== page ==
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Memorandum From the President on Trade Sanctions Against Zimbabwe-Rhodesia

November 14, 1979

Presidential Determination No. 80-6

Memorandum for the Secretary of State

Subject: Maintenance of Sanctions Against Zimbabwe-Rhodesia Under Section 408(b) of the Department of State Authorization Act, Fiscal Years 1980 and 1981

Pursuant to Section 408(b) of the Department of State Authorization Act, Fiscal Years 1980 and 1981 (93 Stat. 405), I hereby determine that it is in the national interest of the United States to continue sanctions against Zimbabwe-Rhodesia at this time.

You are requested, on my behalf, to report this determination promptly to the Speaker of the House of Representatives and the Chairman of the Committee on Foreign Relations of the Senate.

You are further requested to report to me immediately upon the conclusion of the present Constitutional Conference on Zimbabwe-Rhodesia being held in London, describing the conclusions of that conference and your recommendations for action by the United States with respect to the termination of sanctions.

This determination shall be published in the FEDERAL REGISTER.

JIMMY CARTER

JUSTIFICATION FOR PRESIDENTIAL DETERMINATION UNDER SECTION 408(b) OF THE DEPARTMENT OF STATE AUTHORIZATION ACT, FISCAL YEARS 1980 AND 1981 CONCERNING SANCTIONS AGAINST ZIMBABWE-RHODESIA

PROBLEM

Section 408(b) of the Department of State Authorization Act, Fiscal Years 1980 and 1981, requires that sanctions against Zimbabwe-Rhodesia be terminated by November 15, 1979, unless the President determines that it would not be in the national interest of the United States and so reports to the Congress.

JUSTIFICATION

Encouraging progress has been made in recent months toward a peaceful resolution of the conflict in Zimbabwe-Rhodesia; however, the negotiations presently being conducted by the United Kingdom with the parties have not yet been concluded, and differences still remain. A termination of sanctions at this stage could lead all the parties to harden their positions and would jeopardize the chances for a successful settlement for Zimbabwe-Rhodesia.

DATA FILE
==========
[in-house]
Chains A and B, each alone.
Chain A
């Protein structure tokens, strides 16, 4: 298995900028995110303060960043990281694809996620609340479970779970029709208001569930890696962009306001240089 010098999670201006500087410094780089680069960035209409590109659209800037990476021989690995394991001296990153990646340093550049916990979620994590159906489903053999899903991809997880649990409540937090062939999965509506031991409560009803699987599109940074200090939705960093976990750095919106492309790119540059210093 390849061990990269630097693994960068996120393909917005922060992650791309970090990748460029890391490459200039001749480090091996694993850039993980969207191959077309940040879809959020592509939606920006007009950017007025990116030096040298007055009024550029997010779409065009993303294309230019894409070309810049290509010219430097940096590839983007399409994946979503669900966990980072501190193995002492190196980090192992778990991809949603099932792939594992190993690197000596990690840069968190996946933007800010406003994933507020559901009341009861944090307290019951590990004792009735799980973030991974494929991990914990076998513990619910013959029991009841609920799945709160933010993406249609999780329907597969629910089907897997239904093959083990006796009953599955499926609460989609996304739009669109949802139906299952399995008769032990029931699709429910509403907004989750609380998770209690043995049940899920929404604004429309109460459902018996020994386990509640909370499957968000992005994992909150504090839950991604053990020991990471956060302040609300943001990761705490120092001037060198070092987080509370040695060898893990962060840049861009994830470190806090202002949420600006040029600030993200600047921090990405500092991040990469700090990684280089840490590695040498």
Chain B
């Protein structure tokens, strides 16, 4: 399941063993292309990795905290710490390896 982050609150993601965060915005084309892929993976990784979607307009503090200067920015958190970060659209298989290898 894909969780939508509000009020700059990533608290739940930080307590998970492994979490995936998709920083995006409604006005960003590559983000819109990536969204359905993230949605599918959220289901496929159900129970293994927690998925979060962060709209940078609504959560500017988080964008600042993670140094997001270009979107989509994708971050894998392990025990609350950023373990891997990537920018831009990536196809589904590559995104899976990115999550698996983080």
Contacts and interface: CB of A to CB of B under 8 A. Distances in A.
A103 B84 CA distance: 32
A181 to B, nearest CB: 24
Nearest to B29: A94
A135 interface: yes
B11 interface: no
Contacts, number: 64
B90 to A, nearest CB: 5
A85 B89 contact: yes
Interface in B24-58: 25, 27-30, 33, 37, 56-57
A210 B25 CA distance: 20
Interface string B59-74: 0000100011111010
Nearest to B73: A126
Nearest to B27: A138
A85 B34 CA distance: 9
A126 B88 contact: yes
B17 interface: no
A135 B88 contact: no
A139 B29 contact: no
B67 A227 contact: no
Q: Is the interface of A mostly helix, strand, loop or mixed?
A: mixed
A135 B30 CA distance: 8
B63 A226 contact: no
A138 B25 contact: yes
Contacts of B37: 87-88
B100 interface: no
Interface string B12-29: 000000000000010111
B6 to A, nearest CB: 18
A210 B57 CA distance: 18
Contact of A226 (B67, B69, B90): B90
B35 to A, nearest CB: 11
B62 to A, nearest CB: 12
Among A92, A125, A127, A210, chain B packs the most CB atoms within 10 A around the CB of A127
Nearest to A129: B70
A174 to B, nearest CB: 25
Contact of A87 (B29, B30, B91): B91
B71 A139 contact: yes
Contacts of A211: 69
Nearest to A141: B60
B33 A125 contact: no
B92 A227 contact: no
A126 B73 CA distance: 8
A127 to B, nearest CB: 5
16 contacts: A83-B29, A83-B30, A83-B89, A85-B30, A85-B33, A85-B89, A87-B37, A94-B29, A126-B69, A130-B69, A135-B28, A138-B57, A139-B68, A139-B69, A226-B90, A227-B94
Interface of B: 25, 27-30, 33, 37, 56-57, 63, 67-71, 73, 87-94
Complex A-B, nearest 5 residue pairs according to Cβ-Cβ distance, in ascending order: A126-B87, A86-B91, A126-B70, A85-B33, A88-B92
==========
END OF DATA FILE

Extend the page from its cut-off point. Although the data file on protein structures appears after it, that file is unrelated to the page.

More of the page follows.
The British Government has not yet concluded negotiations that would end the rebellion in Rhodesia. They have stated that this will occur when the British Governor arrives in Salisbury and assumes authority. At the present time, the great bulk of British sanctions remain in force and none of our major allies has taken action to terminate sanctions.

The negotiations are now at a critical stage. We hope they will be rapidly and successfully concluded. While the talks continue, it would be premature for the United States to alter its position on sanctions. We would, however, be prepared to lift sanctions when a British Governor assumes authority in Salisbury and a process leading to impartial elections has begun. Our policy will continue to be that no party should have a veto over fair settlement proposals.

This issue will be kept under continuous review and the President will promptly notify the Congress when conditions warrant the lifting of sanctions.

Jimmy Carter, Memorandum From the President on Trade Sanctions Against Zimbabwe-Rhodesia Online by Gerhard Peters and John T. Woolley, The American Presidency Project https://www.presidency.ucsb.edu/node/248925

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